output to replace the current region.
- Under NT or Windows 2000, Epsilon now sets its current directory
to that of the concurrent process (as long as you let the command
processor cmd.exe use its standard prompt that includes the current
- Epsilon supports multiple concurrent processes on some
- It's now easier to extend Epsilon's error parsing. Epsilon can
now check a series of regular expression patterns that match possible
error message formats.
- Searches now wrap. Ctrl-S at a failing forward search wraps around to
the start of the buffer, and displays Wrapping. If you keep on searching and
find matches you've already seen, Epsilon displays Overwrapping. Ctrl-R at a
failing reverse search is similar.
- Search strings saved in Epsilon's history list may now contain
newlines. Epsilon's searching commands no longer have a 255
character limit on the search string
- The keys
now page horizontally, instead of resizing the window horizontally.
The new command jump-to-column on
Alt-g goes to a specified column.
- The goto-line command accepts a
buffer percentage like 30% instead of a line number. You may add a
:column number after either, as in
go to line 10, column 20.
- Ctrl-Tab now moves among windows like Ctrl-X N. Shift-Ctrl-Tab moves
like Ctrl-X P.
Epsilon includes an info file viewer. Press F1 i to start it.
- Epsilon's online manual is now available in an "info" format that
makes it viewable and searchable within Epsilon. The WinHelp version
of the manual is also included for Windows platforms.
- The complete Epsilon manual is included in HTML format so you can
read it from a web browser. Press F1 h in Epsilon to see it.
- Alt-x man is available for reading
man pages under Unix.
- Epsilon's apropos command now
works in Windows as in other environments.
Command Line Flags
- The new -vv command line flag instructs Epsilon to split the
screen vertically, not horizontally, when more than one file is
specified on the command line.
- The -vx and -vy flags let you specify the position of Epsilon's
window in Epsilon for Windows. For example,
positions the upper left corner of Epsilon's window at pixel
- Epsilon for Unix recognizes various standard X flags such as
-geometry to position and size Epsilon's window, -fn or -font to set
the font, and -display to set the display. The -vt flag forces
Epsilon for Unix to run as a curses-style program, not an X program.
By default Epsilon runs as an X program under X, and a curses-style
- You can now tell Epsilon to go to a particular column (as well as
line) from the command line. Write
filename to go to line 10, column 20, in the indicated file.
There are also many other minor improvements throughout the editor.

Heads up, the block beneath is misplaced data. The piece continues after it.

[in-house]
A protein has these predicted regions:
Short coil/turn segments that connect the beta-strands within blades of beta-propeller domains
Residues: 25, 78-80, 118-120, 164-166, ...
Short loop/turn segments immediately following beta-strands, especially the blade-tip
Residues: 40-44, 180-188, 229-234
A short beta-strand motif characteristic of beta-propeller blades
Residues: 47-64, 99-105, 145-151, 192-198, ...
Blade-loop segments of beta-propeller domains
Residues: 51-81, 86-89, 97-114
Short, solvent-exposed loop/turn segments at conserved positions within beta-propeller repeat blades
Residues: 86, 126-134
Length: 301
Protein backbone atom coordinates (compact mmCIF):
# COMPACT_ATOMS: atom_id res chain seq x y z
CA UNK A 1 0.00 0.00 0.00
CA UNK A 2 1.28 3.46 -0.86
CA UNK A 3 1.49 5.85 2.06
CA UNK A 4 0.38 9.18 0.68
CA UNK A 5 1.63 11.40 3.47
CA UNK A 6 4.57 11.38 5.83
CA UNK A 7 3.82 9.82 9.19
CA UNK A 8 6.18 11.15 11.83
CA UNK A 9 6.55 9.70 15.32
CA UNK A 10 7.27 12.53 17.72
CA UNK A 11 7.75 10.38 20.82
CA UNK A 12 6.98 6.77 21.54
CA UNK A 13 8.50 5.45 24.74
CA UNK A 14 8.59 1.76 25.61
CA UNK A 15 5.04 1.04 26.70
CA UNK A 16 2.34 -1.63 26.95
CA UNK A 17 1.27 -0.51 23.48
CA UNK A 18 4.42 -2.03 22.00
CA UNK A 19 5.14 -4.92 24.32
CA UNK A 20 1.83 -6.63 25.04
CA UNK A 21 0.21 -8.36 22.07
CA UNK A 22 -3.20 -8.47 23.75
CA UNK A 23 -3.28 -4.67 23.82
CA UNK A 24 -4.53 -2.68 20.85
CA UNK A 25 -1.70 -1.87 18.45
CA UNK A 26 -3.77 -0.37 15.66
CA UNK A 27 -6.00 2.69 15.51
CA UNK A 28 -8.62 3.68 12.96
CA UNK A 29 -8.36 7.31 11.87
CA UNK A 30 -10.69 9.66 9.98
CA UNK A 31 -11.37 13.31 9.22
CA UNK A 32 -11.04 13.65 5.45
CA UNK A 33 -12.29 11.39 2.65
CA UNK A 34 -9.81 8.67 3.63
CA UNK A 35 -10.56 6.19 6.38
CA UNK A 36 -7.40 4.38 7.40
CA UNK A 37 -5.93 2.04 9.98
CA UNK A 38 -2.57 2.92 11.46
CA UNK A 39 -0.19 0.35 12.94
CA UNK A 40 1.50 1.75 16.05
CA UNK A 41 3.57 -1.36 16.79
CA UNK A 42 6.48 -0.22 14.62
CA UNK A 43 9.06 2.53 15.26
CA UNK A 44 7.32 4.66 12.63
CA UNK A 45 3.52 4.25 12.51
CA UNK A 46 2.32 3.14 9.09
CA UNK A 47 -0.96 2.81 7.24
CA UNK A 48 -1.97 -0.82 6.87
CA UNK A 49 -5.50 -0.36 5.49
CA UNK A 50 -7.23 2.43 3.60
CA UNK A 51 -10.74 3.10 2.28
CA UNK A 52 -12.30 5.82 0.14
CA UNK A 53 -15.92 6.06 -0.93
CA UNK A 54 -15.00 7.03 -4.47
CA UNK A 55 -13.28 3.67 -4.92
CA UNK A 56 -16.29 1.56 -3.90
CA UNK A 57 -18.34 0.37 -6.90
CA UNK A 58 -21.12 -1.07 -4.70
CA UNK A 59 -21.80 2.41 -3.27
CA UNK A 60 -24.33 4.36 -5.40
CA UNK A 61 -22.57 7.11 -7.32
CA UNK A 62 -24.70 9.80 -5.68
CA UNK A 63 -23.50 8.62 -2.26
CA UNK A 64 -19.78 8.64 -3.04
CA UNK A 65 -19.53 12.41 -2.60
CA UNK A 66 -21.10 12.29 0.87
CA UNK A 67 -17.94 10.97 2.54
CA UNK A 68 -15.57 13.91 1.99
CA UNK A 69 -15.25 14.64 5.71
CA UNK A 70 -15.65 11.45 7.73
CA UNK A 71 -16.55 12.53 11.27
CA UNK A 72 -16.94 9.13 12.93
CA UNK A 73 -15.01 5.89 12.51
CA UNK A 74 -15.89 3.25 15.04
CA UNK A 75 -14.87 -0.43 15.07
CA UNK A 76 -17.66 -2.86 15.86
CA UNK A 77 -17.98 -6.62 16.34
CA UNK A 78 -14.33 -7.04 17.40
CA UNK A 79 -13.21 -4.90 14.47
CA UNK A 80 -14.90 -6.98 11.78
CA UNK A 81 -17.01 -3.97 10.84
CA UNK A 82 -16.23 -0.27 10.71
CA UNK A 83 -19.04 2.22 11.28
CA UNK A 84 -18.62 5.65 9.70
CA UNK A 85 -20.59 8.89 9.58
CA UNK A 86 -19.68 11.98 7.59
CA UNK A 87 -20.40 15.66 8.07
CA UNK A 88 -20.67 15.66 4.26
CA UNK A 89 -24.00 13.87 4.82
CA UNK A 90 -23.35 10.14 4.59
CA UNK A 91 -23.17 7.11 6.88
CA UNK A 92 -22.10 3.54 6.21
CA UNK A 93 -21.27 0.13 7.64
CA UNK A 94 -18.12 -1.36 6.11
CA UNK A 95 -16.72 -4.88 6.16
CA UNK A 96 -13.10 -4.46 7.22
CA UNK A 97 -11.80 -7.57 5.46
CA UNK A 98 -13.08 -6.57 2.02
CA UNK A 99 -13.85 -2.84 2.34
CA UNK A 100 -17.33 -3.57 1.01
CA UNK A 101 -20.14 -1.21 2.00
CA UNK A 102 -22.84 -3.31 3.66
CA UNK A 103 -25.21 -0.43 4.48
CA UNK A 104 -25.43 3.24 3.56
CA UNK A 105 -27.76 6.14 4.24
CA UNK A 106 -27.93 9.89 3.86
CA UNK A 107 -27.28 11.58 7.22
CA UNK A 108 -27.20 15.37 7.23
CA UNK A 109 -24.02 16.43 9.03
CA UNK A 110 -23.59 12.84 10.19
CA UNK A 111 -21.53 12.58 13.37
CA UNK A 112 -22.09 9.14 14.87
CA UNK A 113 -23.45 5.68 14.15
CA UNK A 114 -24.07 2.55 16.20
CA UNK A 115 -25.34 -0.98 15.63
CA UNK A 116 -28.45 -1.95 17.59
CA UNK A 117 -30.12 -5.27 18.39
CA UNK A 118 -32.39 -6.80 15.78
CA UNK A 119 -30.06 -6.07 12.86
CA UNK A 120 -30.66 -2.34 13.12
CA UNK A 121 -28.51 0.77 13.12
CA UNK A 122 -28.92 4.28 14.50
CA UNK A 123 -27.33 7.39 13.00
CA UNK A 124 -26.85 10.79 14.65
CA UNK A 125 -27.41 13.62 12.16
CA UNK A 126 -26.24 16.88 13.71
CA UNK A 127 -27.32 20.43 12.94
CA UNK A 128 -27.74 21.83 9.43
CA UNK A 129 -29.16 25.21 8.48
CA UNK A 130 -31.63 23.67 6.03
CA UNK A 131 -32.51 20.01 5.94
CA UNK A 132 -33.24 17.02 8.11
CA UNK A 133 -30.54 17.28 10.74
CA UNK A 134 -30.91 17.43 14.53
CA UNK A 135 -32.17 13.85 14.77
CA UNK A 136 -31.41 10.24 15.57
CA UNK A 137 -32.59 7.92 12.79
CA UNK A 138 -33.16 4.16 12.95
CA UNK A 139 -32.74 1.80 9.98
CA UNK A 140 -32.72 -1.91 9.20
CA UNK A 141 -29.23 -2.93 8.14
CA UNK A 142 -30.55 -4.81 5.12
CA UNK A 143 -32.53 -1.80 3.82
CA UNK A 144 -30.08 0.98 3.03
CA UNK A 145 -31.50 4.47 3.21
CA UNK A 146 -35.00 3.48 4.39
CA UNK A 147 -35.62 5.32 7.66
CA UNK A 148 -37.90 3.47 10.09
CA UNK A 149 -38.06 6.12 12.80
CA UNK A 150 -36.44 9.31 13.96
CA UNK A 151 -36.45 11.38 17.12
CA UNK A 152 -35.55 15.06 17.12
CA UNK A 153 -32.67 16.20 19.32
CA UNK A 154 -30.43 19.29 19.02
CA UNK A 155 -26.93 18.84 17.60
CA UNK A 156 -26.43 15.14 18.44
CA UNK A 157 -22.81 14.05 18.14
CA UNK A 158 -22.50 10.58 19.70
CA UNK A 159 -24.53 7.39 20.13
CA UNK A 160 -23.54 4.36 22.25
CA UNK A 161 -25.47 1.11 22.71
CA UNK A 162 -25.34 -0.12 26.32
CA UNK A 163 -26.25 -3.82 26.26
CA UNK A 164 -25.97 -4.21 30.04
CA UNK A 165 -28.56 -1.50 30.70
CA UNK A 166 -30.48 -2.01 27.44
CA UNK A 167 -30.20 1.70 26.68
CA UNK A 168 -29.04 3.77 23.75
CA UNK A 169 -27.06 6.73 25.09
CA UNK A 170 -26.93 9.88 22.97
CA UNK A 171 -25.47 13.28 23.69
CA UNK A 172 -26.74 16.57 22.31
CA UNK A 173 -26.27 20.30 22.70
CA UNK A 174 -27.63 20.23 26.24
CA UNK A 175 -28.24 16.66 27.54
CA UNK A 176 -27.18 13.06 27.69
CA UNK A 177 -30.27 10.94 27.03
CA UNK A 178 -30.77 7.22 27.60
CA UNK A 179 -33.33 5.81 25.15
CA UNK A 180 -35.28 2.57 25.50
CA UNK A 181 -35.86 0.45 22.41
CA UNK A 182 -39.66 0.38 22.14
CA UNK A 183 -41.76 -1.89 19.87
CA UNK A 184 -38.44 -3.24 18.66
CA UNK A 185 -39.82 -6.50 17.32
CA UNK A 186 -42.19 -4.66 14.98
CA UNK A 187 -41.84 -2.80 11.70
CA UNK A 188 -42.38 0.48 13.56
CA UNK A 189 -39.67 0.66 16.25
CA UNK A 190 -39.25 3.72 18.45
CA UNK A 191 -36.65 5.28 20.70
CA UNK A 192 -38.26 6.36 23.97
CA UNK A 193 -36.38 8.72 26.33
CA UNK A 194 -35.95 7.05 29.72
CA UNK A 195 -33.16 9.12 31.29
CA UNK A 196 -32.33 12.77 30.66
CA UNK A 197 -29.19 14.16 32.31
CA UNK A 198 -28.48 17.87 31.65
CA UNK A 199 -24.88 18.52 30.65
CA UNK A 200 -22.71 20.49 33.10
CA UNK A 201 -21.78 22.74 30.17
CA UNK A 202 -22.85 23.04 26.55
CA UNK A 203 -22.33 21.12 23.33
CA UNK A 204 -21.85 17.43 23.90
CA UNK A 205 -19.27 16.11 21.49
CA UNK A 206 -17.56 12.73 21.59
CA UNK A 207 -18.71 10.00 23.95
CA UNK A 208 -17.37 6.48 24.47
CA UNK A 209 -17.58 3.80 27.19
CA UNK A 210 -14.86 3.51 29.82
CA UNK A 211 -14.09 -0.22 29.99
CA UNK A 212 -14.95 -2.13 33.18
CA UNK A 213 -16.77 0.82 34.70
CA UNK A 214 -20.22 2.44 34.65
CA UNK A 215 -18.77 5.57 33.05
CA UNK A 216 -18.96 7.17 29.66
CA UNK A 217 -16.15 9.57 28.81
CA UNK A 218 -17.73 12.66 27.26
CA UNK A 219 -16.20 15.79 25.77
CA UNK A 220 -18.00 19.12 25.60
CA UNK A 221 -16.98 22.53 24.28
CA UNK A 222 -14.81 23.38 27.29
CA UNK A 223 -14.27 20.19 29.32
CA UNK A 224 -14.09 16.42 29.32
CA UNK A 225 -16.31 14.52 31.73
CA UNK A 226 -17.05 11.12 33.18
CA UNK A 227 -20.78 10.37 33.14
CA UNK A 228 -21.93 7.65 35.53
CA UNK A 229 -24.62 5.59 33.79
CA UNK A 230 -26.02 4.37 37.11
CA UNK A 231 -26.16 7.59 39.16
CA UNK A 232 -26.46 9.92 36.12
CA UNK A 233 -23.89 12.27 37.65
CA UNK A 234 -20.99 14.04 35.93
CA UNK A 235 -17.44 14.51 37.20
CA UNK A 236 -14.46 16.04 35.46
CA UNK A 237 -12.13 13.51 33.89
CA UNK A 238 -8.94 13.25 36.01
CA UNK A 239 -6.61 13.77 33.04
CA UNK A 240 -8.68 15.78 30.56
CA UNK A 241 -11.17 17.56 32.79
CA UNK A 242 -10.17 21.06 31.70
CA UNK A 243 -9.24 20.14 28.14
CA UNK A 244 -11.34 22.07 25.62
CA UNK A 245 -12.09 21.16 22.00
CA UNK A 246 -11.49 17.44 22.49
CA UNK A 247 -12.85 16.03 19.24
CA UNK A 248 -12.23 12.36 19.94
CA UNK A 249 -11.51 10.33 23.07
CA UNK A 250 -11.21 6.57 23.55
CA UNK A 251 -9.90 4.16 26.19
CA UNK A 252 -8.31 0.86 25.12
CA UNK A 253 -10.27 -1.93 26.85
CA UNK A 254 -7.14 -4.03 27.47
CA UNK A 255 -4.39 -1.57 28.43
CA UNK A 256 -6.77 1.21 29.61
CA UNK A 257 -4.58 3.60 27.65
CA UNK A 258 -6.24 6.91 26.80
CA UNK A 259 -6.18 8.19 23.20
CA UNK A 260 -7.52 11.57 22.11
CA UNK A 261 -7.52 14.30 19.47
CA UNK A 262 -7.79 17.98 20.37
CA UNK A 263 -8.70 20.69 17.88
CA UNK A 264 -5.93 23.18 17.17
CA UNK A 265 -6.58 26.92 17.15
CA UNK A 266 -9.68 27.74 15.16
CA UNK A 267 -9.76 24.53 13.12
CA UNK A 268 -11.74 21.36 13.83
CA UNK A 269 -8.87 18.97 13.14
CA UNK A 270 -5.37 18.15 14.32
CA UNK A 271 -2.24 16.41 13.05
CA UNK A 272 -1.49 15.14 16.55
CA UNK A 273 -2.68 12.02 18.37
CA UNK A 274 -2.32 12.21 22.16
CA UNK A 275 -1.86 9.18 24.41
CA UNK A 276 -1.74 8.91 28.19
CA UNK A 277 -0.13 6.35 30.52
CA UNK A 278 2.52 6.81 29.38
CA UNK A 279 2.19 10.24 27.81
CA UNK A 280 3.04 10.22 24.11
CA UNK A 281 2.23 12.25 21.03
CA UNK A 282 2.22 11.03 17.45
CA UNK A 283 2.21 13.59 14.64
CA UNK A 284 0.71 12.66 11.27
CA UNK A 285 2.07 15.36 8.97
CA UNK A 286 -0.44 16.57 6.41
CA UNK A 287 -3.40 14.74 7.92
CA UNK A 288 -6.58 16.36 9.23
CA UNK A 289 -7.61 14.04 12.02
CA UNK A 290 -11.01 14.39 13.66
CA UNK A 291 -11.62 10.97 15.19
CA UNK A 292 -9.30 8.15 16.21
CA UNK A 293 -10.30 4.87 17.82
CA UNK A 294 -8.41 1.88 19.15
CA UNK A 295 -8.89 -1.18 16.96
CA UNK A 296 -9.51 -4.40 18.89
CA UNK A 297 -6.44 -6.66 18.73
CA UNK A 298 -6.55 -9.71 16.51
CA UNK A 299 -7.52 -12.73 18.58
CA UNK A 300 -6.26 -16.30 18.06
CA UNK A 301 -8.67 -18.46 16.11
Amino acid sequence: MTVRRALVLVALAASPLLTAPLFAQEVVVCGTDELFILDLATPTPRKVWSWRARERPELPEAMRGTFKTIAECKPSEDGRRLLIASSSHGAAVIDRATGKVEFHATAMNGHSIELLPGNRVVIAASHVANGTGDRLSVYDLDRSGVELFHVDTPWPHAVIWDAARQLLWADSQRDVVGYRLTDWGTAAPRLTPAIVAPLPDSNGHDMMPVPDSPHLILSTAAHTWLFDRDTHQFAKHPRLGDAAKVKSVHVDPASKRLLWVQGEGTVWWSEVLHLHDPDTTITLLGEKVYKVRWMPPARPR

- The compare-windows command
now ignores whitespace. See the compare-windows-ignores-space
- Epsilon retains more undo history in all 32-bit versions. Undo
now restores the unmodified state of a buffer when appropriate, and
displays an indication when passing a buffer-save or buffer-read in
the undo history. Rereading a buffer is now undoable.
- In Unix, selecting text with the mouse copies it to a kill buffer
(and the clipboard), like copy-region does. See the mouse-selection-copies
variable. In Unix, the center mouse button yanks text instead of
panning. See the mouse-center-yanks variable.
- In auto-fill mode, Epsilon will now break the line as soon as it
becomes too long, instead of waiting until you type a
- The cua-keyboard command makes
Epsilon recognize standard Windows keystrokes like Ctrl-C to copy,
Ctrl-V to paste.
- The commands grep and file-query-replace, when
applied to buffers instead of files by a numeric prefix argument, now
understand simple wildcard characters like
[a-z] when specifying which buffers
to search and replace in.
- Epsilon now recognizes some new regular expression syntax.
- Epsilon for Windows can draw a focus rectangle around the current
line, for users who have trouble seeing the cursor. See the draw-focus-rectangle
variable. It can also draw a column marker at a user-specified
column; see the draw-column-markers variable.
- When specifying color classes in EEL, you can now provide a
default definition for the class, indicating that it should use
specific colors, or be based on some other class. Individual color
schemes can then override this setting, as necessary.
- Epsilon can now send DDE messages to other programs.
Here's how to order your update.
Last Updated: 20 October 2020